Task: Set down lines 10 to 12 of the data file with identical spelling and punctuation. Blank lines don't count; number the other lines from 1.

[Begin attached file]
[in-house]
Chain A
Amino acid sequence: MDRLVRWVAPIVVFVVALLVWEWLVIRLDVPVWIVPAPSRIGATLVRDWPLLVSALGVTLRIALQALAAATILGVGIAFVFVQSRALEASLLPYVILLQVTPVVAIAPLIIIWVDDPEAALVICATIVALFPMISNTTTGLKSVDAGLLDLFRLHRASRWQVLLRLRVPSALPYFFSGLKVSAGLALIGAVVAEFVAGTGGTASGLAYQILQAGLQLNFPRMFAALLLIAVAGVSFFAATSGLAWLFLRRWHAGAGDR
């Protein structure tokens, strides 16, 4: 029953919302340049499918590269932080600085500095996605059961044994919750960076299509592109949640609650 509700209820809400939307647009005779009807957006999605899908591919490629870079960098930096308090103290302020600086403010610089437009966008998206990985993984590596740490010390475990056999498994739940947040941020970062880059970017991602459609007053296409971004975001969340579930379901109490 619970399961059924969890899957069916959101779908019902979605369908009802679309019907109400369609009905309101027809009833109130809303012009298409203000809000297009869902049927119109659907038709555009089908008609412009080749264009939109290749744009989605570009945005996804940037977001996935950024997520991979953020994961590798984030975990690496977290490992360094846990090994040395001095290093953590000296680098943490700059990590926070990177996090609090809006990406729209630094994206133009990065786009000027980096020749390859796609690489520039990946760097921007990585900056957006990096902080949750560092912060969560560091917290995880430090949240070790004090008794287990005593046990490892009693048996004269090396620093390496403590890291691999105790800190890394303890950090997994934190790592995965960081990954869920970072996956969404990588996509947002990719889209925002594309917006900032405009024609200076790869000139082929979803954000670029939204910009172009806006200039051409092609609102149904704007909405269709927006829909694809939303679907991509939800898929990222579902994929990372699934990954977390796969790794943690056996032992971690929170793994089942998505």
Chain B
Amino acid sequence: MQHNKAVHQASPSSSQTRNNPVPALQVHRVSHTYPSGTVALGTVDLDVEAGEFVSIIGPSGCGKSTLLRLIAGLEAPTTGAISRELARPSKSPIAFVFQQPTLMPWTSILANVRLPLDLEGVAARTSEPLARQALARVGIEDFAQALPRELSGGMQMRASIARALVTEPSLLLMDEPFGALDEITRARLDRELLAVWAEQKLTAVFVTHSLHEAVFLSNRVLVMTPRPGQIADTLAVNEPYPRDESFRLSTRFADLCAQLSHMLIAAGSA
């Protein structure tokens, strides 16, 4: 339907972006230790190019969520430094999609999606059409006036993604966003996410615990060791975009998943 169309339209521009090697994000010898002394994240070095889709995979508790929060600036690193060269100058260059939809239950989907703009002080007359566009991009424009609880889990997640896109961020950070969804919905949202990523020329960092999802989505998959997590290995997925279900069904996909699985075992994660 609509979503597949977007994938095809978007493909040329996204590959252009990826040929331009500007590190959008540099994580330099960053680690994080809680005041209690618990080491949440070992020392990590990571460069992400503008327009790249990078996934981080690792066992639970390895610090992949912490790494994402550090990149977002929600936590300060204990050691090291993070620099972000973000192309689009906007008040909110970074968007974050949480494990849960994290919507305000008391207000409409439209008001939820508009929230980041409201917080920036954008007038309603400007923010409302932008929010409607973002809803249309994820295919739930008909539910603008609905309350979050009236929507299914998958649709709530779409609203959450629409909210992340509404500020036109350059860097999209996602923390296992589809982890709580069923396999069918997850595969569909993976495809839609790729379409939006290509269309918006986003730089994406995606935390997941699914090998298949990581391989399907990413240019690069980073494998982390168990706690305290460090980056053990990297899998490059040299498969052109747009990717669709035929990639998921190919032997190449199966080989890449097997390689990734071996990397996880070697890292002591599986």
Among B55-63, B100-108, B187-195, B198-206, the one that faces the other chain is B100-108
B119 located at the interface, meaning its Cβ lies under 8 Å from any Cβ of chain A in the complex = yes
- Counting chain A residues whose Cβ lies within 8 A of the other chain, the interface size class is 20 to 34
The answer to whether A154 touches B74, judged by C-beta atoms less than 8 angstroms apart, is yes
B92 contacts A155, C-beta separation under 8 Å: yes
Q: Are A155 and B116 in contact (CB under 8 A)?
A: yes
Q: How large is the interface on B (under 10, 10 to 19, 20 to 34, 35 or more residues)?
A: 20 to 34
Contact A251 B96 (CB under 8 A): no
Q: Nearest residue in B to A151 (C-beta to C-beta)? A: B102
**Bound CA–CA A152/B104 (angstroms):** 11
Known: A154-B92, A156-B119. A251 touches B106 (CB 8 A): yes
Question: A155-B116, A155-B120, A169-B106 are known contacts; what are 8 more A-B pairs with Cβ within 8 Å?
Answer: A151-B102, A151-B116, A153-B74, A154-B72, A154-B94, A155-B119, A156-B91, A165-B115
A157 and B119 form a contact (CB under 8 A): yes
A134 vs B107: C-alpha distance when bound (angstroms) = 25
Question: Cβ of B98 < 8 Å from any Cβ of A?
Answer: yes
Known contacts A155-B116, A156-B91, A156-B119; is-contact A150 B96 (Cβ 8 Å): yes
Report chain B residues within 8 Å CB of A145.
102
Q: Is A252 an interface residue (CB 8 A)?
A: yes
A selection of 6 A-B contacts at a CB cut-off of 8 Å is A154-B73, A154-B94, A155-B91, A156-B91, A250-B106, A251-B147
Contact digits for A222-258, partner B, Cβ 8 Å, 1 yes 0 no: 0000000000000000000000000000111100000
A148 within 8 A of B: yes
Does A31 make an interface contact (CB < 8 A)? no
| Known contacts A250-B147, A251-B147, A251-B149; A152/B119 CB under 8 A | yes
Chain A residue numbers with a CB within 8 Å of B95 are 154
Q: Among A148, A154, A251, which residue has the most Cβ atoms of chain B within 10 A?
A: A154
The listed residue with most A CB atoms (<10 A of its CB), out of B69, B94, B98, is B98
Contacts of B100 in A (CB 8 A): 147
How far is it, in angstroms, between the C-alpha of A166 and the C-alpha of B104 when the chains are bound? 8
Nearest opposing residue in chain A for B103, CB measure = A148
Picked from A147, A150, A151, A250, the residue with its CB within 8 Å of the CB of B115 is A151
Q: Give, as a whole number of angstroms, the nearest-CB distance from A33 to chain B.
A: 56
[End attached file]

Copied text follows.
- Counting chain A residues whose Cβ lies within 8 A of the other chain, the interface size class is 20 to 34
The answer to whether A154 touches B74, judged by C-beta atoms less than 8 angstroms apart, is yes
B92 contacts A155, C-beta separation under 8 Å: yes